“Why are women beautiful and men intelligent?”
Does this sound like a stereotype? That’s because it is. And it is the question that opens this video by Dr. Eva Vanmassenhove of the University of the Netherlands on the topic of gender bias in machine translation.
Eva begins by pulling up a screenshot of a Google Translate result from Hungarian to English. Unlike English, Hungarian is a language that doesn’t have gendered pronouns.
The result is startling: “Someone beautiful is female, someone clever, male. A woman should do the dishes, while a man builds. A woman cleans, cooks, raises children, and a man does research, teaches, and makes money.”
These results show the extent to which gender biases are present in machine translation. But what exactly is gender bias, and why is it such a pervasive problem? The video is a well-detailed and highly informative introduction to the topic, and well worth the watch.
How does gender bias show up when it comes to machine translation?
Gender bias is mainly visible in MT when you are translating between languages where the one language doesn't require you to make the gender explicit while the other one does. For instance, English is a language where there are barely any gender markers (except for referential "he", "she"...). When translating sentences such as "I'm beautiful" or "I'm a nurse" into other languages (e.g. French, Spanish, Russian) the MT system will pick a gender for you and this will often result in biased translations.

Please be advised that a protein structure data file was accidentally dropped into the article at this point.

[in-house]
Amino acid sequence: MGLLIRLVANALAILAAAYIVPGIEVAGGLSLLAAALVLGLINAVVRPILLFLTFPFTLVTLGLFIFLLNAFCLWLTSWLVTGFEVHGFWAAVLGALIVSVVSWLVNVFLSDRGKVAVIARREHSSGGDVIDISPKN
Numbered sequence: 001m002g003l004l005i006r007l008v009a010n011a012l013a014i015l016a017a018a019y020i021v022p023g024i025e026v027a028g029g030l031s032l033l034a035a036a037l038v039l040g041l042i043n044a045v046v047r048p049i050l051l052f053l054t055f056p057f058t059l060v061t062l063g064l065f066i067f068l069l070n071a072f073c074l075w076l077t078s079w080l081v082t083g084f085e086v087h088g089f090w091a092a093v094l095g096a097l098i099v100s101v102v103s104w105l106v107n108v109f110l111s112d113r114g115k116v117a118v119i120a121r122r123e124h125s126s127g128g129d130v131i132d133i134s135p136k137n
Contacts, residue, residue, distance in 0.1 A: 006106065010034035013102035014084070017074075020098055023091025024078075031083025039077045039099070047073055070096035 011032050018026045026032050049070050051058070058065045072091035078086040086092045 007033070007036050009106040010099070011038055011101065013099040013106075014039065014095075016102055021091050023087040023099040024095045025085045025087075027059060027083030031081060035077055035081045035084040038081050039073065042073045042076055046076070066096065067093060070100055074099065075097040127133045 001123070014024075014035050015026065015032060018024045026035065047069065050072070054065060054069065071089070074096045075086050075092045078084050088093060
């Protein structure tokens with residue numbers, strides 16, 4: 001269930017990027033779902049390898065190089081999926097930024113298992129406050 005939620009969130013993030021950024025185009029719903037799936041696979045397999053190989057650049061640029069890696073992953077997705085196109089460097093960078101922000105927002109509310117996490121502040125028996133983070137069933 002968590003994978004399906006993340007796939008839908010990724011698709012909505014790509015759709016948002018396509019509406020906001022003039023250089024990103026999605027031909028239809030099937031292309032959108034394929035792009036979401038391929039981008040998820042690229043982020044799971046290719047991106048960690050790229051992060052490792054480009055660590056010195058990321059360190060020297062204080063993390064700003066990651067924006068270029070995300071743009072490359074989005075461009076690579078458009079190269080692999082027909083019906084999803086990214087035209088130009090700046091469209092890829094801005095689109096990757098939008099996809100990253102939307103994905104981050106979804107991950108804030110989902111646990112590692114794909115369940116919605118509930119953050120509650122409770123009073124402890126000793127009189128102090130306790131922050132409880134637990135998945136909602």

Why is it important for us to address gender bias in MT?
It is important because we are leaving out translations that are equally valid from a linguistic point of view. Furthermore, there is no way to tell the system which gender is preferred. As such, when translating a speech of someone who identifies as a woman/man, the translation will most likely only partially be correct (as it will sometimes use the masculine and sometimes the feminine gender depending on the data it was trained on).
Additionally, MT is sometimes used for downstream tasks (example is given in the talk as well, for instance when you are looking for a "plumber" or a "nurse" and you use an MT system, half of the candidates will be eliminated).
What are the ways that we can address gender bias in MT?
There is this cool project 'Fairslator' (www.fairslator.com) that does a pretty good job at providing multiple translations. Main challenges are that languages differ considerably when it comes to gender agreement/markers. As such, there is no one-solution-fits-all.
It furthermore requires quite some linguistic knowledge to be able to tackle gender in MT. People have experimented with adding additional features that incorporate information such as gender to teach the system how to generate the right translation given a particular context. Others have focused on debiasing word embeddings (although this doesn't really resolve the issue for MT specifically; it attempts to make the data more fair).
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